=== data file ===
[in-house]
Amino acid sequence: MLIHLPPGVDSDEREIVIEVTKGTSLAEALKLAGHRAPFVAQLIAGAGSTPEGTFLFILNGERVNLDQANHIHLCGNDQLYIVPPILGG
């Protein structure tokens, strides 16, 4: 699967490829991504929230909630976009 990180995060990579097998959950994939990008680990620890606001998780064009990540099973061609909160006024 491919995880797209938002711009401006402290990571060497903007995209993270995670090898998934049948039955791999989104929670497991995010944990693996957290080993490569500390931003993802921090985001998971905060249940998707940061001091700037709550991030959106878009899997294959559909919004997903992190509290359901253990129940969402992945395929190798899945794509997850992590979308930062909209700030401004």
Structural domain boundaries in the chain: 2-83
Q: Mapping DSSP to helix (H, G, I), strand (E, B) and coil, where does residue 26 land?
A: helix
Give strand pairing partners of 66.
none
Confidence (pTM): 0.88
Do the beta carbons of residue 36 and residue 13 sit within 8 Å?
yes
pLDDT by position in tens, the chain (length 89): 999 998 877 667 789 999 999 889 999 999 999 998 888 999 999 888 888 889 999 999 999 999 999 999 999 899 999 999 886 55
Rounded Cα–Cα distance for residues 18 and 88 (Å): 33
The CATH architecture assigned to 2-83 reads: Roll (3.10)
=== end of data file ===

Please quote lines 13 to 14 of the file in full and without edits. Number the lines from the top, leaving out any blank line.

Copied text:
Rounded Cα–Cα distance for residues 18 and 88 (Å): 33
The CATH architecture assigned to 2-83 reads: Roll (3.10)